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European shares closed lower on Monday, amid rising fears of an impending U.S. recession and fresh uncertainty around Brexit just days before Britain's scheduled departure from the EU.
The pan-European Stoxx 600 was provisionally 0.42 percent lower by the end of the session, with most sectors and all major bourses in the red.
Market jitters have grown recently over increasing signs of slowing economic growth and a possible recession. German manufacturing contracted for the third month in a row, IHS Markit data showed Friday, dragging the yield on the 10-year bond into negative territory for the first time since October 2016.
The U.S. yield curve — which plots bond yields from shortest maturity to highest and is considered a barometer of economic sentiment — inverted for the first time since mid-2007 on Friday.
Looking at individual stocks, LVMH initially dropped 8.8 percent before paring back losses. Reuters reported that the substantial drop at the start of the session was due to an erroneous "fat finger" trade, where a misclick leads to a trade that was larger than expected or made on the wrong stock. Shares of the French luxury goods maker later rallied and were trading 1.36 percent higher at the closing bell.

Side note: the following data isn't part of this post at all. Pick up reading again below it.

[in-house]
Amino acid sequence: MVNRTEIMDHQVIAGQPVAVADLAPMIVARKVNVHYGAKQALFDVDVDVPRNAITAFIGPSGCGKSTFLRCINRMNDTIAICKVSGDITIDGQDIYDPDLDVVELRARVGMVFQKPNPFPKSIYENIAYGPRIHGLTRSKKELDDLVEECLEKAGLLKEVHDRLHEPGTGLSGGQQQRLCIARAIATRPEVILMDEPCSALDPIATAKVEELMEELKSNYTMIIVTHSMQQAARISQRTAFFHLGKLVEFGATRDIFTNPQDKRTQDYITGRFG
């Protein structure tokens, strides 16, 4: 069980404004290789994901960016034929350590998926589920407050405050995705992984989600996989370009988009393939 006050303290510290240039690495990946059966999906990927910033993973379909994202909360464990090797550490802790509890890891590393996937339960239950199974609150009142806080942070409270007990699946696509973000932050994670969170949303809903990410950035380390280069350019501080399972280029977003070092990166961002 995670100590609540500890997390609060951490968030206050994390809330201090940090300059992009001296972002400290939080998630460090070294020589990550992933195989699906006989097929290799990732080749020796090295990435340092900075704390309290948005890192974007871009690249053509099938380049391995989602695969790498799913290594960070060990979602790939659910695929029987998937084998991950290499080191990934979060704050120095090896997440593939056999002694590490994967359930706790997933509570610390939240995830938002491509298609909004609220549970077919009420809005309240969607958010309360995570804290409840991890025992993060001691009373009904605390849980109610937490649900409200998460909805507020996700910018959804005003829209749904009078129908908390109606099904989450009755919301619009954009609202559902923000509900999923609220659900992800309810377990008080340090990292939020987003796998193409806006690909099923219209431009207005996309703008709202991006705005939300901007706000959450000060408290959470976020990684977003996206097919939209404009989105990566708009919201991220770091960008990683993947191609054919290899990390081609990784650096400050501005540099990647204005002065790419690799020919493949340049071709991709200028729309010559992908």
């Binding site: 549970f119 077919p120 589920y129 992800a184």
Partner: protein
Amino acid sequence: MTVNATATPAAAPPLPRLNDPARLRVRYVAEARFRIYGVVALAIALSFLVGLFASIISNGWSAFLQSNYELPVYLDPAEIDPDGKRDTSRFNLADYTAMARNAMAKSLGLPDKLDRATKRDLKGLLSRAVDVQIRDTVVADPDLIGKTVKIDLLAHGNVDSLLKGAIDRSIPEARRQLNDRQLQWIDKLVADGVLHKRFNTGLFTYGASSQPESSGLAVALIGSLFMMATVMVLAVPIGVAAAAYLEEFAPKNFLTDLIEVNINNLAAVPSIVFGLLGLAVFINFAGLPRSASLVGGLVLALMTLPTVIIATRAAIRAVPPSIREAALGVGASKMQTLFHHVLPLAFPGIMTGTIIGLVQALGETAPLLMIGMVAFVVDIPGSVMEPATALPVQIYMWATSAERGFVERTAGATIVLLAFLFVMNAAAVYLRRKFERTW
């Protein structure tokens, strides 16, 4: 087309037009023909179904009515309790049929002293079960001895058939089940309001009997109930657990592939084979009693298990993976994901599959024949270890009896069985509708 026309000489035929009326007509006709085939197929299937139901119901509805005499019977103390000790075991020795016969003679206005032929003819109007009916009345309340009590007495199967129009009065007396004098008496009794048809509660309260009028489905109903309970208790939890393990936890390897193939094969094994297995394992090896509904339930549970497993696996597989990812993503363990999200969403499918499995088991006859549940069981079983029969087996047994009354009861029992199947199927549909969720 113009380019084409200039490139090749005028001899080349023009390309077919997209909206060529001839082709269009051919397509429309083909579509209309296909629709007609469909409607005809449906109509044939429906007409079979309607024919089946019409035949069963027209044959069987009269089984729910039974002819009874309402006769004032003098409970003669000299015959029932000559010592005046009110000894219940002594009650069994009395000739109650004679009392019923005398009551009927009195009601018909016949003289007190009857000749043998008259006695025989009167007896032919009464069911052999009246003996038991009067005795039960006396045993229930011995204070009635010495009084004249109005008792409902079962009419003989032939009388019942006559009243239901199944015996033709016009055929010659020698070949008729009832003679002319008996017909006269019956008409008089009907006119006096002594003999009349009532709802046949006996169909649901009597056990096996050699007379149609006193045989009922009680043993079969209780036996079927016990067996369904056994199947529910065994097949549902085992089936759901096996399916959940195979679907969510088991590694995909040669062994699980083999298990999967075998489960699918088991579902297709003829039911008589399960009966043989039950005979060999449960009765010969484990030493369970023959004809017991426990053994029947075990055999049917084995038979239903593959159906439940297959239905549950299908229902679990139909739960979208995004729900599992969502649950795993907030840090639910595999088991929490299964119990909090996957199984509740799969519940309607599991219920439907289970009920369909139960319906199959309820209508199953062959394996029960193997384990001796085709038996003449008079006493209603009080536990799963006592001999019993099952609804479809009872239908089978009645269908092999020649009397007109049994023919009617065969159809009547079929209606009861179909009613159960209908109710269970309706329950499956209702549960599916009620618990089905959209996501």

Bayer, meanwhile, saw its shares fall almost 3 percent after a downgrade from Bank of America Merrill Lynch. The pharmaceutical firm's chief executive recently said its supervisory board continues to support management, after a U.S. jury ruled against the company in a trial over its Roundup weed killer.
At the other end of the scale, British satellite maker Inmarsat surged to the top of the index after it emerged that a private equity-led consortium had agreed to buy the firm for around $3.4 billion. Shares gained 9.64 percent on the back of the news.
Meanwhile, shares on Wall Street were flat on Monday as investors weighed global growth concerns against the outcome of Robert Mueller's two-year probe into President Donald Trump. Attorney General William Barr said Sunday the probe found no sufficient evidence of collusion between the Trump campaign and the Kremlin.
The news is likely to be a boon to Trump, who has long called the inquiry a "witch hunt" and claimed there was "no collusion" between his presidential campaign and Moscow.
Back in Europe, Brexit remains a talking point, with reports of a plot to oust U.K. Prime Minister Theresa May surfacing over the weekend. The British leader met with senior ministers and Brexit-supporting lawmakers on Sunday to discuss the planned departure from the European Union.
The EU has offered the U.K. an extension to the Brexit date, but the length of such a delay depends on whether May's twice-rejected divorce deal can gain the support of lawmakers.